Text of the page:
HONG KONG—A Philippine lawmaker and music promoter accused of drug trafficking in Hong Kong told a court on Tuesday he could not enter a plea to the charges because he was undergoing medical treatment.
Rep. Ronald Singson of Ilocos Sur was charged after he was arrested by customs agents at Hong Kong’s international airport in July for allegedly carrying a vial of cocaine in his hand luggage.
His lawyer, John Reading, asked the district court to adjourn the case because Singson was “undertaking medical treatment” and unable to enter a plea until he receives his medical report.
Neither Reading nor Singson would reveal the medical condition after the court session.
Judge Kevin Browne adjourned the case to Oct. 19 and extended his bail.
Singson has paid HK$1 million (US$128,000) bail, and two friends paid another HK$1 million as surety. Singson was also ordered to surrender his passport and other travel documents.
Singson told reporters outside the court that he was under instructions not to comment on his medical condition, and kissed his baby daughter in front of a crowd of photographers.
The 41-year-old lawmaker has a Filipino film star girlfriend and juggles two jobs promoting US rhythm and blues acts in the Philippines while holding a congressional seat.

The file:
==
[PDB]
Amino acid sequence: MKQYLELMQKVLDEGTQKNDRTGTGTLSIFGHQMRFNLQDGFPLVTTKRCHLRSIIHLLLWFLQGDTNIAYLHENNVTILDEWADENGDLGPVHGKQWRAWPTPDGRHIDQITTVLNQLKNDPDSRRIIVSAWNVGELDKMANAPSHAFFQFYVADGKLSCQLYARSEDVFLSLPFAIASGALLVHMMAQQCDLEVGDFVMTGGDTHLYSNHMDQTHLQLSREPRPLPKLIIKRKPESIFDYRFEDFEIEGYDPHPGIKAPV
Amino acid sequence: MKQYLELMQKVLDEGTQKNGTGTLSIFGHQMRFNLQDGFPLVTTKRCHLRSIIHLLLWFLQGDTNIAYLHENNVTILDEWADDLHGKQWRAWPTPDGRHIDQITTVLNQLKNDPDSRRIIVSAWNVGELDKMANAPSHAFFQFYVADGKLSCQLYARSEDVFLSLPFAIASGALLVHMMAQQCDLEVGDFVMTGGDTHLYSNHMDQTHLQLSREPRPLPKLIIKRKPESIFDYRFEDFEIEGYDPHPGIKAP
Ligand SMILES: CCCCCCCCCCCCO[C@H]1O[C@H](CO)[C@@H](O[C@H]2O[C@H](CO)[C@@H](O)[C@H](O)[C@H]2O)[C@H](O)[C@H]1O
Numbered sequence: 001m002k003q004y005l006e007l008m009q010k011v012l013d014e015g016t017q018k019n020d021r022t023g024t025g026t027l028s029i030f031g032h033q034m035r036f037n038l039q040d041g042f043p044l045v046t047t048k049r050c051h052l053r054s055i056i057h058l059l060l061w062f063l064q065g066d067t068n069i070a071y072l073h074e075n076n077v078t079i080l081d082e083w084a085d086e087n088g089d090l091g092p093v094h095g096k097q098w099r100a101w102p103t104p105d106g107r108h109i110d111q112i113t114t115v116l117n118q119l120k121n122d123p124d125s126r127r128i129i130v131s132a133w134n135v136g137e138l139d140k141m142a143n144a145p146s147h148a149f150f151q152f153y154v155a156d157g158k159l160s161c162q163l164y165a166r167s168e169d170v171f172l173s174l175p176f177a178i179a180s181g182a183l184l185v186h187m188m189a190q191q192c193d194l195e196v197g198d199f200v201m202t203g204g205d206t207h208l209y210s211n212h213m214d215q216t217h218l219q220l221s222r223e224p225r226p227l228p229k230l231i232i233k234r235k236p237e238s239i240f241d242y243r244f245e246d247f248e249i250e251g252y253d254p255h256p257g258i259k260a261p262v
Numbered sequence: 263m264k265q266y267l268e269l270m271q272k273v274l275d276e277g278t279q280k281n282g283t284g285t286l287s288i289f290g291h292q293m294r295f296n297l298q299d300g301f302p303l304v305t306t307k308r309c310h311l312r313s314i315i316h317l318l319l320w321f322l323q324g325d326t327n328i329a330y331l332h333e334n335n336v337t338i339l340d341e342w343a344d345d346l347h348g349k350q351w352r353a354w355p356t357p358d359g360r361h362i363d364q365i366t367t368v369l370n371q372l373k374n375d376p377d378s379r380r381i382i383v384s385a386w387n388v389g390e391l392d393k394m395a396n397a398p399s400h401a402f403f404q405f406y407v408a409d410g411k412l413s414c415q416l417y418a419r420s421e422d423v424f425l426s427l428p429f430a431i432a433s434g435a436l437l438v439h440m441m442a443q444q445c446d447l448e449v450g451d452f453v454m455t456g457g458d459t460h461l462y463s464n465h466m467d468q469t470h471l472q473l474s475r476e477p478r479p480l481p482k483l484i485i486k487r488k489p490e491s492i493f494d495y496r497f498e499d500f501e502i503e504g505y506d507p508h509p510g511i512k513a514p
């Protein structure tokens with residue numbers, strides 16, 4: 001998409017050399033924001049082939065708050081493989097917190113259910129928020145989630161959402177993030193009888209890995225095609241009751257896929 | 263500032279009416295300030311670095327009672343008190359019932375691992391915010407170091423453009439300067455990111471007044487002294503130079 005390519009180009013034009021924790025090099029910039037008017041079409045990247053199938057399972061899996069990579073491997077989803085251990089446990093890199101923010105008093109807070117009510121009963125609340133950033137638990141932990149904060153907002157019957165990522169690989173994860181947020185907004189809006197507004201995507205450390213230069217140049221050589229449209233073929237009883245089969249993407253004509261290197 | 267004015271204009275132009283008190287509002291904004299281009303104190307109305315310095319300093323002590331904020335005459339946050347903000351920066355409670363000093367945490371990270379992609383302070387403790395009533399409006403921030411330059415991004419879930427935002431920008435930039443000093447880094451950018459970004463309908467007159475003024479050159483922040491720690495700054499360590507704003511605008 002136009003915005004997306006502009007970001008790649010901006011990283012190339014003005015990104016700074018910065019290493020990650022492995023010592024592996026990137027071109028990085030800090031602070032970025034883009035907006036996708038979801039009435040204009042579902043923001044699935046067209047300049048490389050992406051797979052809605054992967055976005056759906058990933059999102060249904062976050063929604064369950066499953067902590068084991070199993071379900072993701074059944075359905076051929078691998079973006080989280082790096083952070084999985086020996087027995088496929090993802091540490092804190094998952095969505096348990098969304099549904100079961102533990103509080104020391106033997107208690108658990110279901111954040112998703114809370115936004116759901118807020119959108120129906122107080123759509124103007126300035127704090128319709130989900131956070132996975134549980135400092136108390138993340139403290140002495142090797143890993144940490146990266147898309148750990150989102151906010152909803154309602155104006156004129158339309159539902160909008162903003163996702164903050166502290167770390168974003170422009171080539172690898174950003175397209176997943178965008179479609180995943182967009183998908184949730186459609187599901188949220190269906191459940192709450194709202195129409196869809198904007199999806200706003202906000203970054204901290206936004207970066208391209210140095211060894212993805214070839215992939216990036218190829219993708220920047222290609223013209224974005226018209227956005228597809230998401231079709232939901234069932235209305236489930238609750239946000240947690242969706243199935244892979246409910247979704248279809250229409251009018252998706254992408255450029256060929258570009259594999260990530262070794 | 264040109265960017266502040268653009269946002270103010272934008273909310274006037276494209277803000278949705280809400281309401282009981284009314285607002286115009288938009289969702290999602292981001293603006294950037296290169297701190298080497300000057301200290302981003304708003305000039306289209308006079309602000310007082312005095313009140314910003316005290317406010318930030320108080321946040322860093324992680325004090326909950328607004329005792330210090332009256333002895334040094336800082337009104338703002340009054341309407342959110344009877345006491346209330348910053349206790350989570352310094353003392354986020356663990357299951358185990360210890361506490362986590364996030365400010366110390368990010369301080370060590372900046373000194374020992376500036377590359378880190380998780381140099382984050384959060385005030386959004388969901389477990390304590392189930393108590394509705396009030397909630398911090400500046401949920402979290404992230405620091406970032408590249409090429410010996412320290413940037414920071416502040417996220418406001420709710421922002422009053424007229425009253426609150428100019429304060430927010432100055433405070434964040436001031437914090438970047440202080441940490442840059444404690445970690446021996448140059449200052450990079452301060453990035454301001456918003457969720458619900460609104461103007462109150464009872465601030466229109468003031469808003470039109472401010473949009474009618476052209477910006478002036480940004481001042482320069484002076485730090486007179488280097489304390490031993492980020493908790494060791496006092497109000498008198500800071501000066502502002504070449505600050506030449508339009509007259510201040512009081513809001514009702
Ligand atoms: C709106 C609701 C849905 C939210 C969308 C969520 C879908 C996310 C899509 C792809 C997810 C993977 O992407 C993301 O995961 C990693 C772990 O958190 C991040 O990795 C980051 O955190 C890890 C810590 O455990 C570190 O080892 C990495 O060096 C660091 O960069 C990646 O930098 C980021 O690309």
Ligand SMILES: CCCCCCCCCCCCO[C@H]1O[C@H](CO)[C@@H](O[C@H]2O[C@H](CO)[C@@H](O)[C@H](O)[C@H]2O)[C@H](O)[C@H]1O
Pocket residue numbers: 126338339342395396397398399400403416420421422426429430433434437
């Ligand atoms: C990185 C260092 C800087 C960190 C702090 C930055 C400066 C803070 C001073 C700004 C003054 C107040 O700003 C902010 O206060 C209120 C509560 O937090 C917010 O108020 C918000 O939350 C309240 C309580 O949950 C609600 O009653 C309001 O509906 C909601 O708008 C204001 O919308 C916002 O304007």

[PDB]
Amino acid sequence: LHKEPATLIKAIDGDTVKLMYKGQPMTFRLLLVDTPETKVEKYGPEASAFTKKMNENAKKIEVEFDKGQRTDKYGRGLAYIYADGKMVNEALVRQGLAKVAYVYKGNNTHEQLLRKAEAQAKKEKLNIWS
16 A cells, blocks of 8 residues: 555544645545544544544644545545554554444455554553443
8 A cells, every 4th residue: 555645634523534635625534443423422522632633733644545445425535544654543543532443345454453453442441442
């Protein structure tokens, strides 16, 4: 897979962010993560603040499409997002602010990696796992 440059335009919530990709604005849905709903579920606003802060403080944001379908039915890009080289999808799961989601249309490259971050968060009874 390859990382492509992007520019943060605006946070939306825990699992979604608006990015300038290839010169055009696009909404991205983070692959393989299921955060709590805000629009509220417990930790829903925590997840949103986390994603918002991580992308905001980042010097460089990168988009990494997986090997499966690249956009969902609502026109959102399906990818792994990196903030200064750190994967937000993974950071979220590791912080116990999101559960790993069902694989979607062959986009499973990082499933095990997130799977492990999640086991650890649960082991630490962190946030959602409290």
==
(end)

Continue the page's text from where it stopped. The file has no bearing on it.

He won a second three-year term in the House of Representatives in May, in the seat long held by his family in the northern province of Ilocos Sur.
The legislator is one of seven children by an estranged wife of Ilocos Sur Gov. Chavit Singson, one of the most colorful and controversial political figures in the Philippines.
The 69-year-old patriarch was in Hong Kong last month to attend his son’s bail hearing, when he denied his son was a drug dealer. “It’s a setup,” he told reporters.
Also present then was the younger Singson’s girlfriend Lovi Poe, daughter of the late king of Philippine movies and unsuccessful presidential candidate, Fernando Poe Jr.
Congressman Singson is accused of trafficking 6.67 grams of cocaine. Authorities say that two tablets of diazepam, the generic form of Valium, were also found on him.
In Hong Kong, trafficking in a dangerous drug carries a maximum penalty of life imprisonment and a fine of HK$5 million ($644,000).
Philippine Daily Inquirer